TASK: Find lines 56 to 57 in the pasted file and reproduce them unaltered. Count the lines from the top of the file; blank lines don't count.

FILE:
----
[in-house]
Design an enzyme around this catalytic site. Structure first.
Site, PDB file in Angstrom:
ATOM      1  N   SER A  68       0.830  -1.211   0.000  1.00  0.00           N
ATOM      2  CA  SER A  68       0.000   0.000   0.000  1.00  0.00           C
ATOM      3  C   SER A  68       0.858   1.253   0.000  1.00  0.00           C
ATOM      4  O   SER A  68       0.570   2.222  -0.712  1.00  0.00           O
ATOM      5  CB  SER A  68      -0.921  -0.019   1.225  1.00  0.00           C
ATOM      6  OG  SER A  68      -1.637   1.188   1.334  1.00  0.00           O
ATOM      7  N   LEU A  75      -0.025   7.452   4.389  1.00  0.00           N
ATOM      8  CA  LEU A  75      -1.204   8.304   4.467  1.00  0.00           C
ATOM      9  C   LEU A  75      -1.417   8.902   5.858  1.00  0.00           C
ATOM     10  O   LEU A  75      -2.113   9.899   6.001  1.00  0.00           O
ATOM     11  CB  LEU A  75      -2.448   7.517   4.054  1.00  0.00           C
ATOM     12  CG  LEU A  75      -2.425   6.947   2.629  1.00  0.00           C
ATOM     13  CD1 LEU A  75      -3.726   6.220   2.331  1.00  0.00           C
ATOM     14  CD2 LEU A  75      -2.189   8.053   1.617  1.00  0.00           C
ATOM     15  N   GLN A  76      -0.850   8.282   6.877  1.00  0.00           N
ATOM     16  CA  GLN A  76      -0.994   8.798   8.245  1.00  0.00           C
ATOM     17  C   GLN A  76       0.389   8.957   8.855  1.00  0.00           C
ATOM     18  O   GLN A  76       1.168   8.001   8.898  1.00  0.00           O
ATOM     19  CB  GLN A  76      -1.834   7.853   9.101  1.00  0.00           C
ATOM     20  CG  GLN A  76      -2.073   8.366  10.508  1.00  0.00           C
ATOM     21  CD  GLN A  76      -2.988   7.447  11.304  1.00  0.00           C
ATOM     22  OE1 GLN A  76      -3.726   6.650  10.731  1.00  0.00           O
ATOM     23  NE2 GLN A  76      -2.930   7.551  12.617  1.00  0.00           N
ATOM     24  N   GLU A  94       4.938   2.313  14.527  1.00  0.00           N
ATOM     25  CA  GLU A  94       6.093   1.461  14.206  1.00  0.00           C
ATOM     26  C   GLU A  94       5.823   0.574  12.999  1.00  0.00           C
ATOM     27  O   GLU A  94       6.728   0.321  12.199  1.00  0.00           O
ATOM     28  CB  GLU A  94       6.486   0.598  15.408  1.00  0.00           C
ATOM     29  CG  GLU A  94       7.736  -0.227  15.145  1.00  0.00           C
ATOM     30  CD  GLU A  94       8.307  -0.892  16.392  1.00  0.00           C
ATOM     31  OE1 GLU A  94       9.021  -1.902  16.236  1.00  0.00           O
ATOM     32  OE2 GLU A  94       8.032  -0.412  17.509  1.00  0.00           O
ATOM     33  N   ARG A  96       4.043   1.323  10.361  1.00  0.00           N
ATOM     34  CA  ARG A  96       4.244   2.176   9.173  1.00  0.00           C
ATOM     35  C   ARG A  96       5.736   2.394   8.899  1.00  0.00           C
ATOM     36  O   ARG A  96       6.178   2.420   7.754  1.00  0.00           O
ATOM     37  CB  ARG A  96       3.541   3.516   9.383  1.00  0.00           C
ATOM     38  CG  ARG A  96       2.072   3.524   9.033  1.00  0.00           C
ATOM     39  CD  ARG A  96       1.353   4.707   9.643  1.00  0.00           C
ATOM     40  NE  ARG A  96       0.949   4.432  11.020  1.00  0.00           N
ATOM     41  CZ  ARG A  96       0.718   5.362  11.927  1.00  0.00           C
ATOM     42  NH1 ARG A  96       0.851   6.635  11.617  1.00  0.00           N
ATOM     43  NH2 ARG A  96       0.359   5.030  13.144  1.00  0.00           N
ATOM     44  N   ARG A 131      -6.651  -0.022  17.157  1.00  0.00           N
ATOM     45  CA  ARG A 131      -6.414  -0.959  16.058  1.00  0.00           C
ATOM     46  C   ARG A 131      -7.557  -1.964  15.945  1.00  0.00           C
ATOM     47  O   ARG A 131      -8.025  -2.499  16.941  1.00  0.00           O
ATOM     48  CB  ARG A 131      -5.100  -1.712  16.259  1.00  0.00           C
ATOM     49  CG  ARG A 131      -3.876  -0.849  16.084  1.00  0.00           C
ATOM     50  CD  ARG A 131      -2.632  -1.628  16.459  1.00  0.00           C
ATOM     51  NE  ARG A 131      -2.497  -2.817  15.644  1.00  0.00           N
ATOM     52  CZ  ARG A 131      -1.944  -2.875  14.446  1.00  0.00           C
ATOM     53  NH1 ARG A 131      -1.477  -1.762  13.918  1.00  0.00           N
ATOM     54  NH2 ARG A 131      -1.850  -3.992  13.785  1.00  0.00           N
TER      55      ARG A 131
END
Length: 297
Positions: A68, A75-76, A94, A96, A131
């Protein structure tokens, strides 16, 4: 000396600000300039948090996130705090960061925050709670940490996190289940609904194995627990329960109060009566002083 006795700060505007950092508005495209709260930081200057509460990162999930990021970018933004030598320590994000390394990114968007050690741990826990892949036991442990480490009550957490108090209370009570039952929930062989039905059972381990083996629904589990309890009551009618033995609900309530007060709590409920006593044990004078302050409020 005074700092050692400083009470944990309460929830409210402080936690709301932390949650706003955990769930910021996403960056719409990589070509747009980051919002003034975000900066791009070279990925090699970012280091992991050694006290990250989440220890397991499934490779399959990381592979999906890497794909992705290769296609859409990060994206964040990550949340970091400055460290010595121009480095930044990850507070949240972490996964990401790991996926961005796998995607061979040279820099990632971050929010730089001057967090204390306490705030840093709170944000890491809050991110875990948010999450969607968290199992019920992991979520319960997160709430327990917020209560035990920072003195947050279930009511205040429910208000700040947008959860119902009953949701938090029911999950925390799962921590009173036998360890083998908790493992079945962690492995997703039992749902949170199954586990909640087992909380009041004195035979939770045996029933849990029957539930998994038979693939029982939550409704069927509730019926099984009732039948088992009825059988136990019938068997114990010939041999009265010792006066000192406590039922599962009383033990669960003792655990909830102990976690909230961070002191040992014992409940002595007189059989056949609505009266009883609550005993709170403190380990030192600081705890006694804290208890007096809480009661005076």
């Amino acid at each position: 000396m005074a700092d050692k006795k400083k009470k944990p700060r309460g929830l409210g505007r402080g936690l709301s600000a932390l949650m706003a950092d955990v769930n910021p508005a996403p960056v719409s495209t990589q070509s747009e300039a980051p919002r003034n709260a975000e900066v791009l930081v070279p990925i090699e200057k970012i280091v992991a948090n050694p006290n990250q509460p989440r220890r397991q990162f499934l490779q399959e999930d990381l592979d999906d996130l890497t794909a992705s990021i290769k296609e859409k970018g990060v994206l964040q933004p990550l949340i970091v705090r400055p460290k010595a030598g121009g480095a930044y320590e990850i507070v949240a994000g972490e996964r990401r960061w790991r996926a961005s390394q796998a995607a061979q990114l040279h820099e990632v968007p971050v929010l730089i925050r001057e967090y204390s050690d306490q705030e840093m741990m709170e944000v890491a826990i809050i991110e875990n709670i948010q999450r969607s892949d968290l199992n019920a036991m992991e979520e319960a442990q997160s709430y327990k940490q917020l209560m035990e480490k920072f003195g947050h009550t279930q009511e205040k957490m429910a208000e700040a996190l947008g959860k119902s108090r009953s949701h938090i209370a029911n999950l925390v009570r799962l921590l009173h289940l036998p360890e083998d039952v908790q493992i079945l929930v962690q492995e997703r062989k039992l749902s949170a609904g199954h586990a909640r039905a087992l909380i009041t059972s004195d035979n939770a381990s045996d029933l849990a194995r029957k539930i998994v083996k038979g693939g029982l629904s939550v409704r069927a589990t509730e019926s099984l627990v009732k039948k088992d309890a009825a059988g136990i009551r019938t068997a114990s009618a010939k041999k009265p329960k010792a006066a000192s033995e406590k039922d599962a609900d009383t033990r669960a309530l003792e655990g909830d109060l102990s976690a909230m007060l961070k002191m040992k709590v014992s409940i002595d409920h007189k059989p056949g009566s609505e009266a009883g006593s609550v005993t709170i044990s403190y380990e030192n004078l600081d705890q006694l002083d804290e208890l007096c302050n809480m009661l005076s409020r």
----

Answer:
ATOM     53  NH1 ARG A 131      -1.477  -1.762  13.918  1.00  0.00           N
ATOM     54  NH2 ARG A 131      -1.850  -3.992  13.785  1.00  0.00           N